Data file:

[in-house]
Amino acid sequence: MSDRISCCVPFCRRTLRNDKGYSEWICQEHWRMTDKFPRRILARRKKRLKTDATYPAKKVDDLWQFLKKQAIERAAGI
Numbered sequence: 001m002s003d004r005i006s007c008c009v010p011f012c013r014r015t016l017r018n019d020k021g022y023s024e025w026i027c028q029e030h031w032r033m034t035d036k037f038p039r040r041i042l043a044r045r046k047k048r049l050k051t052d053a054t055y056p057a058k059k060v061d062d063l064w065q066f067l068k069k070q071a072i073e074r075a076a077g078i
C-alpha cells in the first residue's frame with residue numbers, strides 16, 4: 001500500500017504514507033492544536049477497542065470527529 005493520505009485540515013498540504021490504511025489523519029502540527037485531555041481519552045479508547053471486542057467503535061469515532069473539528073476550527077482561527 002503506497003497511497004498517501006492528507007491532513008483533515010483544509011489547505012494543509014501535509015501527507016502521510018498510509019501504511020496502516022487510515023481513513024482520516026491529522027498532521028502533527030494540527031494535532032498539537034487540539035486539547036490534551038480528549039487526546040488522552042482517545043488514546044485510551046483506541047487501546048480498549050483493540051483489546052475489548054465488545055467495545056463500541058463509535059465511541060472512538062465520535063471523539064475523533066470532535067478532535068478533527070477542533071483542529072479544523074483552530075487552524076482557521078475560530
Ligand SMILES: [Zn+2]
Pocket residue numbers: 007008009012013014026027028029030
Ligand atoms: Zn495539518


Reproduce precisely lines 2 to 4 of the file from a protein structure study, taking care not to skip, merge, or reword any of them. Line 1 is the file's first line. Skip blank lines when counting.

Amino acid sequence: MSDRISCCVPFCRRTLRNDKGYSEWICQEHWRMTDKFPRRILARRKKRLKTDATYPAKKVDDLWQFLKKQAIERAAGI
Numbered sequence: 001m002s003d004r005i006s007c008c009v010p011f012c013r014r015t016l017r018n019d020k021g022y023s024e025w026i027c028q029e030h031w032r033m034t035d036k037f038p039r040r041i042l043a044r045r046k047k048r049l050k051t052d053a054t055y056p057a058k059k060v061d062d063l064w065q066f067l068k069k070q071a072i073e074r075a076a077g078i
C-alpha cells in the first residue's frame with residue numbers, strides 16, 4: 001500500500017504514507033492544536049477497542065470527529 005493520505009485540515013498540504021490504511025489523519029502540527037485531555041481519552045479508547053471486542057467503535061469515532069473539528073476550527077482561527 002503506497003497511497004498517501006492528507007491532513008483533515010483544509011489547505012494543509014501535509015501527507016502521510018498510509019501504511020496502516022487510515023481513513024482520516026491529522027498532521028502533527030494540527031494535532032498539537034487540539035486539547036490534551038480528549039487526546040488522552042482517545043488514546044485510551046483506541047487501546048480498549050483493540051483489546052475489548054465488545055467495545056463500541058463509535059465511541060472512538062465520535063471523539064475523533066470532535067478532535068478533527070477542533071483542529072479544523074483552530075487552524076482557521078475560530